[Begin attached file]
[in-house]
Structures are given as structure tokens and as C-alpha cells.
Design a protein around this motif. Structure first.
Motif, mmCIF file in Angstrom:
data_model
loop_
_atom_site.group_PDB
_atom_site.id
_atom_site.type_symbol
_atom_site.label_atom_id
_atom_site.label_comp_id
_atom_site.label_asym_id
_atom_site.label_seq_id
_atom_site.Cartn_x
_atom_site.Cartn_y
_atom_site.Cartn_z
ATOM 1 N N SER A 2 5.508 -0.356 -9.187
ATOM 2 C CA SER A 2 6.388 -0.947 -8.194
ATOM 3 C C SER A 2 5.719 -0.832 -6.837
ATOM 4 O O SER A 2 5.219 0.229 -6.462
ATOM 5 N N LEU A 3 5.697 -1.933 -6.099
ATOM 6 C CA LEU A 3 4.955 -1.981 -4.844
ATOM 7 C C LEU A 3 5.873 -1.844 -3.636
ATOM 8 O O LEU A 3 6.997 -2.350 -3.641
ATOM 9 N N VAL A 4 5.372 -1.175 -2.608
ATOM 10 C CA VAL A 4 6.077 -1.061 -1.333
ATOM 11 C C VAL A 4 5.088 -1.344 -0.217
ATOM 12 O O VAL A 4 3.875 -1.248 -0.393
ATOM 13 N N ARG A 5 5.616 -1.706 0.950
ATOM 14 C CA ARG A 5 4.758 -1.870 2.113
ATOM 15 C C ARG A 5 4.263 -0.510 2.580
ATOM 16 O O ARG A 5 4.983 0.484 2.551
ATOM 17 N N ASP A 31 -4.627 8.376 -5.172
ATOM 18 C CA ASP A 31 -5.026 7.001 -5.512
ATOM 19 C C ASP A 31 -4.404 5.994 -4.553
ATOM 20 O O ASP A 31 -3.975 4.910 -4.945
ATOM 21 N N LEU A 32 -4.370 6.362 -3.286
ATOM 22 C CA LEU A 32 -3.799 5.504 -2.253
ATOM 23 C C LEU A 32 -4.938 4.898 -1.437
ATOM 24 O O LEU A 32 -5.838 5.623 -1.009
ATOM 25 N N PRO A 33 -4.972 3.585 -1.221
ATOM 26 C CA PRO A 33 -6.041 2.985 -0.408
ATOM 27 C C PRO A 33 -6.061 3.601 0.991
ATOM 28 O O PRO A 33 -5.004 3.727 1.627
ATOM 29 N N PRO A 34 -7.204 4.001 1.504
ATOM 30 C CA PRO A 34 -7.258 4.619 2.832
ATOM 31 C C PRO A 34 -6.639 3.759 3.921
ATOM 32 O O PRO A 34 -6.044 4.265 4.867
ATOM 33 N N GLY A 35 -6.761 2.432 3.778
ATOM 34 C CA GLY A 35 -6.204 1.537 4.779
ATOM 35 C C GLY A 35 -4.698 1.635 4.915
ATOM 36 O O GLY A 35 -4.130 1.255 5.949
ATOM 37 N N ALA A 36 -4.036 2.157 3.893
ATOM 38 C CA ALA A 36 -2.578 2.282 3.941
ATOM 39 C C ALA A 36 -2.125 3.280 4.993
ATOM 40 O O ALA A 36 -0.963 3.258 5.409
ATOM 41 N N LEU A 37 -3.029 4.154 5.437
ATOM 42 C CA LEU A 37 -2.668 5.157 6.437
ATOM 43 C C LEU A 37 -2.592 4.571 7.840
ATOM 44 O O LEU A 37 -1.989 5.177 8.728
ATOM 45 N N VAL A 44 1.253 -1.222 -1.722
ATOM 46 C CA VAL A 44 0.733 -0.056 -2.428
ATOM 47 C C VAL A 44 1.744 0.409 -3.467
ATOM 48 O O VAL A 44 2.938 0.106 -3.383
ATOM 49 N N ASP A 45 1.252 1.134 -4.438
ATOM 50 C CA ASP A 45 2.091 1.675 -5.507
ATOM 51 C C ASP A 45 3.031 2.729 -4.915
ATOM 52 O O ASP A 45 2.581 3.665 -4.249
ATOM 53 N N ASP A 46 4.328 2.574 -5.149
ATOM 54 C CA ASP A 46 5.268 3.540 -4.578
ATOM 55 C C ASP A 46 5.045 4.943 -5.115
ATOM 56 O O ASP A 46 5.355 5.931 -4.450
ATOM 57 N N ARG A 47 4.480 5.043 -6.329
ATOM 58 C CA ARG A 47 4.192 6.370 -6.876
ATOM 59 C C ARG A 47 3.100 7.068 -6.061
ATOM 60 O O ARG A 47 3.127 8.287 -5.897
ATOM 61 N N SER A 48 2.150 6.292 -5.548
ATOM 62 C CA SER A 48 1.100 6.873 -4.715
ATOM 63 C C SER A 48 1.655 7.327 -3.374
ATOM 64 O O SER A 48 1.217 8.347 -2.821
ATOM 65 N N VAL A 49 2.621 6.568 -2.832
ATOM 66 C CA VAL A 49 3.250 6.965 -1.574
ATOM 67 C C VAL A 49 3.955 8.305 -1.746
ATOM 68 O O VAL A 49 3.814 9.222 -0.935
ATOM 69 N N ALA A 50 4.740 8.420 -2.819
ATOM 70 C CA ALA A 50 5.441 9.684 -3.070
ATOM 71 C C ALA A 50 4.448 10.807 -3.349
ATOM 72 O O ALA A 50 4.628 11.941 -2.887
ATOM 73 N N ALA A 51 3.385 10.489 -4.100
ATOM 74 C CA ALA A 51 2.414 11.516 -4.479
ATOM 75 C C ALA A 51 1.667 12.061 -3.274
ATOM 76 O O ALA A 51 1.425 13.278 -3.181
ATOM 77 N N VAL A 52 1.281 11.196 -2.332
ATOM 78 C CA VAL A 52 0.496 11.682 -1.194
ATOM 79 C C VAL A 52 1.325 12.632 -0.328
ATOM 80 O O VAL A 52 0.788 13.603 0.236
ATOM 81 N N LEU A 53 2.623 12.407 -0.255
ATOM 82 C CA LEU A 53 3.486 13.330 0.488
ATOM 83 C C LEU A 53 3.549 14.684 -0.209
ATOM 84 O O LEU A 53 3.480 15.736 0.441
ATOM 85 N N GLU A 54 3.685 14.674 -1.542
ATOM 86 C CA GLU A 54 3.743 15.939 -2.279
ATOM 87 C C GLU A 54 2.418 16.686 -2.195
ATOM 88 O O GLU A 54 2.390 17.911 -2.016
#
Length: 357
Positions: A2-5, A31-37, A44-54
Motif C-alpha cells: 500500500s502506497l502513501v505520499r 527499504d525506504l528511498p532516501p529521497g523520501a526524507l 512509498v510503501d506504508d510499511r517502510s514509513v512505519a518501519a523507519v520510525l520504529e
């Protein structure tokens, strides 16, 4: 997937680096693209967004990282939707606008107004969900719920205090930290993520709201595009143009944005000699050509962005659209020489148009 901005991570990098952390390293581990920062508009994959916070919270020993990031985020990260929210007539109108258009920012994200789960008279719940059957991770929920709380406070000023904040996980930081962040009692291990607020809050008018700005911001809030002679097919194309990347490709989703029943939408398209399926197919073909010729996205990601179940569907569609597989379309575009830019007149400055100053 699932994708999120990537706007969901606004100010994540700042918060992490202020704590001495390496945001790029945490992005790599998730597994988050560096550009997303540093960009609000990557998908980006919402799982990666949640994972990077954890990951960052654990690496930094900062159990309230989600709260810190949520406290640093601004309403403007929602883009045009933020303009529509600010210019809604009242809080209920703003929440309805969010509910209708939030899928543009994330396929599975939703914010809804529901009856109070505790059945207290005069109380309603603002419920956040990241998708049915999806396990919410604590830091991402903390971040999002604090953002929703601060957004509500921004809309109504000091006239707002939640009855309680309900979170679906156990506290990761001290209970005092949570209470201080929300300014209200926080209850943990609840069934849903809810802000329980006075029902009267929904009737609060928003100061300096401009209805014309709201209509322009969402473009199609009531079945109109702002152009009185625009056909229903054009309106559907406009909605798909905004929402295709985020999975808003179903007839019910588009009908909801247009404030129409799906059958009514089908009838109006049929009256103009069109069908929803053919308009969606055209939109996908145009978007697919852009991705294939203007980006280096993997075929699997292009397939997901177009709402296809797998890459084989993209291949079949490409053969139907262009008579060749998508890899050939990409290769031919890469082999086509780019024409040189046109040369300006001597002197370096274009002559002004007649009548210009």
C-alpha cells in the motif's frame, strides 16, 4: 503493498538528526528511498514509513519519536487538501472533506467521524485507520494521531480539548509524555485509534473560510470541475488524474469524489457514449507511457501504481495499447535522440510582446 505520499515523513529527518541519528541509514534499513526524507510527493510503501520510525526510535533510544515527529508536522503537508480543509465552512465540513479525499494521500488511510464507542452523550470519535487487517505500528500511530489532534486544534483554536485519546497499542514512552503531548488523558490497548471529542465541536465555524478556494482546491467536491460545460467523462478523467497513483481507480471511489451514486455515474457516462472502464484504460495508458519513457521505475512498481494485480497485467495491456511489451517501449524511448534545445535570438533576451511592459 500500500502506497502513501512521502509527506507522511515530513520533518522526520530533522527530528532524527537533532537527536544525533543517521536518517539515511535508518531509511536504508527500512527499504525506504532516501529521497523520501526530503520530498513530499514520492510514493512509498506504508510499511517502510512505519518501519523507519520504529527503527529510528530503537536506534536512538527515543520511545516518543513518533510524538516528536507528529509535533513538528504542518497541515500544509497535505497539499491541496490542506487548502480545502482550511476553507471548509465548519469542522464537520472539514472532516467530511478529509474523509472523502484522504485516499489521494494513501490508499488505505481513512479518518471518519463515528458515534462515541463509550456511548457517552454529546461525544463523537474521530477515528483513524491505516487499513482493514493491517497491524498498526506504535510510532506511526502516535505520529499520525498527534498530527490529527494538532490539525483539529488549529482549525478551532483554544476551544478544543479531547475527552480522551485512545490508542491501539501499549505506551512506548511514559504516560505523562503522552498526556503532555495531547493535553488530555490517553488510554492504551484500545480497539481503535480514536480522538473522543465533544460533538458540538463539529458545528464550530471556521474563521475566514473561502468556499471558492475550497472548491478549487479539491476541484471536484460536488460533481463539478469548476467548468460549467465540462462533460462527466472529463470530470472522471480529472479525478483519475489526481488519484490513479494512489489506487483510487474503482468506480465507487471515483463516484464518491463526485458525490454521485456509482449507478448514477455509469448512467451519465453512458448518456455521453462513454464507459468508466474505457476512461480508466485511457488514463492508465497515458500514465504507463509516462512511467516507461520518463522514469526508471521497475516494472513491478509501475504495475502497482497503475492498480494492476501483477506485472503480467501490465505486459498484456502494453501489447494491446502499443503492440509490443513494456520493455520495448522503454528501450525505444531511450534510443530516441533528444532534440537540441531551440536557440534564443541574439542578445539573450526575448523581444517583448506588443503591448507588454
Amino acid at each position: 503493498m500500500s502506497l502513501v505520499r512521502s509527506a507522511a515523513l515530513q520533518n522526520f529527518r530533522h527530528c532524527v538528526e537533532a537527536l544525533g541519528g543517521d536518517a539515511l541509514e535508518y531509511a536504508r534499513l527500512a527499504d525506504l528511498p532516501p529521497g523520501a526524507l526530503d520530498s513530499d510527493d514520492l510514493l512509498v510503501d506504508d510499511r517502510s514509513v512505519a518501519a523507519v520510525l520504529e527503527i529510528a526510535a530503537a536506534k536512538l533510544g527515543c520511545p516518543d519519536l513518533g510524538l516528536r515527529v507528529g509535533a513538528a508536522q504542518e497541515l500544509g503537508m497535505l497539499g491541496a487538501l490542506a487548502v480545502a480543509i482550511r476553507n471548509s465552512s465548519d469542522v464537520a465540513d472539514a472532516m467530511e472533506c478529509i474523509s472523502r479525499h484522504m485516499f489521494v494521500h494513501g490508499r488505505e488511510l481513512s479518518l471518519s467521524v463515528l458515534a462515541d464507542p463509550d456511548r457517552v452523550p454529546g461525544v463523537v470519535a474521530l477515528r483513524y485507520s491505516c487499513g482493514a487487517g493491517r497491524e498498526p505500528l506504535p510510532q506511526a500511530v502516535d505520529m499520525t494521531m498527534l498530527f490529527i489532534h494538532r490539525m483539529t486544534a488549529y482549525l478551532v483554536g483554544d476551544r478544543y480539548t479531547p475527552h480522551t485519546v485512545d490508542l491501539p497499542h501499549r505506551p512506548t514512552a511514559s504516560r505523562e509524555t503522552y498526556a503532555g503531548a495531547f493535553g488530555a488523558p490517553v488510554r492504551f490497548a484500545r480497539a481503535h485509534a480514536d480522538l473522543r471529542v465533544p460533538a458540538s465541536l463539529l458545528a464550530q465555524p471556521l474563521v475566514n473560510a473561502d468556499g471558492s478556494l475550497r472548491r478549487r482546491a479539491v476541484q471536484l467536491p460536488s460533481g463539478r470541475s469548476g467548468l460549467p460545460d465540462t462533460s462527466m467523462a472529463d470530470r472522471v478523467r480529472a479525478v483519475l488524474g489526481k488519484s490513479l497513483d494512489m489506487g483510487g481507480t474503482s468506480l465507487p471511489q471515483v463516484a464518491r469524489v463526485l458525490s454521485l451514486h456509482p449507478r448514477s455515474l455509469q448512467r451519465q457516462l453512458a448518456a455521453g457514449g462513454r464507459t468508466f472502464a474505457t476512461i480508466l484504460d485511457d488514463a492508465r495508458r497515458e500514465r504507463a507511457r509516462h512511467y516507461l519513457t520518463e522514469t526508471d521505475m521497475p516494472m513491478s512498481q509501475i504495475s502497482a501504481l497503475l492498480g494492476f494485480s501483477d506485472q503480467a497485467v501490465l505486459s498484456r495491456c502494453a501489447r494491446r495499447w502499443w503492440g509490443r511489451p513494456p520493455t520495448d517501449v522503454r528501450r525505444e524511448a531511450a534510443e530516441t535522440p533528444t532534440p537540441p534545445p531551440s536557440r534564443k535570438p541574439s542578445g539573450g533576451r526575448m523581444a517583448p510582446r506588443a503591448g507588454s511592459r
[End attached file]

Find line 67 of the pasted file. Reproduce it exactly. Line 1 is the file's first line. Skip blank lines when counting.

ATOM 51 C C ASP A 45 3.031 2.729 -4.915